DEER LAKE, Pa. -- Some consider him the world's great boxer and he used to train right here in northeastern Pennsylvania.
Muhammad Ali built a training facility in Schuylkill County years ago.
Last year, a new owner bought the place and has been working on converting it into a museum.
Sunday will mark two years since Muhammad Ali passed away. On Friday, the man who bought Ali's training facility near Orwigsburg wanted to unveil some of the renovations made to the property since he bought it shortly after Ali's death.
Newswatch 16 has stopped here many times over the years, including when the legend himself was staying here.
Now what used to be Muhammad Ali's old training camp near Deer Lake is starting a new chapter.
"I just want a place where his legacy can correctly, be celebrated, reflected, and have it be here as long as we can figure out to do it," said owner Mike Madden.
Mike Madden, son of famed football coach John Madden, bought the camp after Ali died in 2016. He's worked ever since to turn the place into a museum.
Madden invited a small group of people to take a look at the progress.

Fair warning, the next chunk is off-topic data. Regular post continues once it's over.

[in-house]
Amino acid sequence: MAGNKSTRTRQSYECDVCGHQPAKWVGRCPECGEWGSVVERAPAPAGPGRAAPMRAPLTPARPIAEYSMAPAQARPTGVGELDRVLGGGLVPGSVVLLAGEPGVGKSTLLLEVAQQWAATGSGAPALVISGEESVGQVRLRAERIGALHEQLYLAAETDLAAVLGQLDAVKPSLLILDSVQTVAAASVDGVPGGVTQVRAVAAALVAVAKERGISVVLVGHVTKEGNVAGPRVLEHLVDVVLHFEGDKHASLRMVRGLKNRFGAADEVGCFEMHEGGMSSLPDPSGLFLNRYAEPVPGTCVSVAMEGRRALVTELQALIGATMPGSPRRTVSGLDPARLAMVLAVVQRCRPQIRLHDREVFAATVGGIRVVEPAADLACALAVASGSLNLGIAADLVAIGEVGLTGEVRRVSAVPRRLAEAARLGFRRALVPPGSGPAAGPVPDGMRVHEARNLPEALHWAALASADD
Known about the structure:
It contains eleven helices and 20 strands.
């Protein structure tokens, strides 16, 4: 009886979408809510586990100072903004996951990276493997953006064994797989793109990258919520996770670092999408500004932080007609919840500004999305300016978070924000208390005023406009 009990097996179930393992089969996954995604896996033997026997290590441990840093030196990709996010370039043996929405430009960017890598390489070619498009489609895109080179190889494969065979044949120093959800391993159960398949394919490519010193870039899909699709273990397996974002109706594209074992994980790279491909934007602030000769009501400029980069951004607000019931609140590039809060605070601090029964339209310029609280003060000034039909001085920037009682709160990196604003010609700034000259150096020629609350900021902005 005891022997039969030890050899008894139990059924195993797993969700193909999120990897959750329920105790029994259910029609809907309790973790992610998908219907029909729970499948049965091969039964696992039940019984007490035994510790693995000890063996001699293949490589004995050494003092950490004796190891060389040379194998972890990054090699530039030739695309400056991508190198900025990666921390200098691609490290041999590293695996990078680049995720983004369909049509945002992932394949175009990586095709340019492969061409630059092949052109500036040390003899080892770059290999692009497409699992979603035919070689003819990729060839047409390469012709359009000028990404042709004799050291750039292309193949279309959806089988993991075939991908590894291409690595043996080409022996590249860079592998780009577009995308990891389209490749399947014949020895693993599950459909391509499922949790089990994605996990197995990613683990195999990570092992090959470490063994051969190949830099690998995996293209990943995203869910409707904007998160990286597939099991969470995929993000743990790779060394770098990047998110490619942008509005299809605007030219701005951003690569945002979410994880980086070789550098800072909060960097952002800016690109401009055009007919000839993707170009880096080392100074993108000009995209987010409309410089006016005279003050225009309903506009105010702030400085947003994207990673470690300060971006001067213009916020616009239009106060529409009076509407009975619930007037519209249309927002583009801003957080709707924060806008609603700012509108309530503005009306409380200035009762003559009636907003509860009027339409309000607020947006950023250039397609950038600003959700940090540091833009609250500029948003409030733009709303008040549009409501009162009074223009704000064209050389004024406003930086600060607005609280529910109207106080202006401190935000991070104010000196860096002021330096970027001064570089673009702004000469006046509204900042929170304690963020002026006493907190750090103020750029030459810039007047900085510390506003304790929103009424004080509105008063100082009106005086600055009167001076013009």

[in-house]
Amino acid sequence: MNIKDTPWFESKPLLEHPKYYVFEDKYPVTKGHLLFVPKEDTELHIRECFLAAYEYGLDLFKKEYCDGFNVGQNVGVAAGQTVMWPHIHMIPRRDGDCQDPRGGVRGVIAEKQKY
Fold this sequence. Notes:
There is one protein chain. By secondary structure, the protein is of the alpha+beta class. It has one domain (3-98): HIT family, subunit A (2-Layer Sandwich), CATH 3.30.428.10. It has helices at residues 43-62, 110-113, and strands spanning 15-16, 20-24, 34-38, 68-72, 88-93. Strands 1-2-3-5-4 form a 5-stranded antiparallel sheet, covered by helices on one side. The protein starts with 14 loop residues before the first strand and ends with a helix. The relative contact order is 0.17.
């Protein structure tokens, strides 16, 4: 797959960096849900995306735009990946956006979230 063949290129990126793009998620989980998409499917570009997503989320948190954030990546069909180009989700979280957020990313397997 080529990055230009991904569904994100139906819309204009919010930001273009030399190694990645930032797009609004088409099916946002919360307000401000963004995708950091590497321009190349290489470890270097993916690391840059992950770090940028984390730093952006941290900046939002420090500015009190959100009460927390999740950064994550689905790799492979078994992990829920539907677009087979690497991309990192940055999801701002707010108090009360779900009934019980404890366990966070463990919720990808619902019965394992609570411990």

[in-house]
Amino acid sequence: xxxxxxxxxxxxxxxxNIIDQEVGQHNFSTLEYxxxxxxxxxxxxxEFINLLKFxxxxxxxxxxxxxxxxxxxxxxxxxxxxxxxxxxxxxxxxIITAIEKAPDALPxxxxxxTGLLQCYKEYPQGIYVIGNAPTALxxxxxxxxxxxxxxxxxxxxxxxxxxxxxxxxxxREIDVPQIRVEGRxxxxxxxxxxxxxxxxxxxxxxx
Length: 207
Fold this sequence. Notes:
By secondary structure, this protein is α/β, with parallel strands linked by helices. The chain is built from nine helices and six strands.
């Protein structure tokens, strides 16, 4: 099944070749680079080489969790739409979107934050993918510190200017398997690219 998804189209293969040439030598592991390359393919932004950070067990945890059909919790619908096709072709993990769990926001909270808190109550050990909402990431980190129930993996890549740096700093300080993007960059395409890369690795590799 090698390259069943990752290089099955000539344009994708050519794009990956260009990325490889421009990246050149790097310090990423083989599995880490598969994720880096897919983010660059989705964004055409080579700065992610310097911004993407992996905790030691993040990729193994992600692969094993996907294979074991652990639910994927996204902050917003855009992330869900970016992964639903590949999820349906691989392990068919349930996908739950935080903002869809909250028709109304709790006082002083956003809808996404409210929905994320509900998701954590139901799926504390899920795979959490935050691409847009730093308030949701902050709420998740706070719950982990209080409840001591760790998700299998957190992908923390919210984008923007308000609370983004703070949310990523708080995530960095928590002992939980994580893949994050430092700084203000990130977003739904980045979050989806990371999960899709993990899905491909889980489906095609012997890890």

Among them, Muhammad Ali's former business manager who first brought the heavyweight champ here all those years ago.
"It was away from everybody. You couldn't train in Philadelphia. You couldn't train in Atlantic City, Baltimore. It was just enough to keep a lot of people away. And, everyone was so good to him up here," Gene Kilroy recalled.
The camp is spread across several acres. The owner has renovated the lower portions of it. He plans to renovate the upper portions soon.
"We put a boxing ring back in the gym and some pictures and we got some video displays in a couple places. So, it is still a work in progress, but there is still some stuff to see," Madden said.
Looking over all the walls filled with so many iconic moments in Muhammad Ali's life, some of his biggest fans still can't believe the boxer spent so much of his training time here.
"It's just a dream come true to see this camp rejuvenated and be made into a museum," local boxing official Bernard Bruni said.
Mike Madden has invested more than $1 million into the project.
The plan is to eventually open the camp to the public once all the renovations are complete.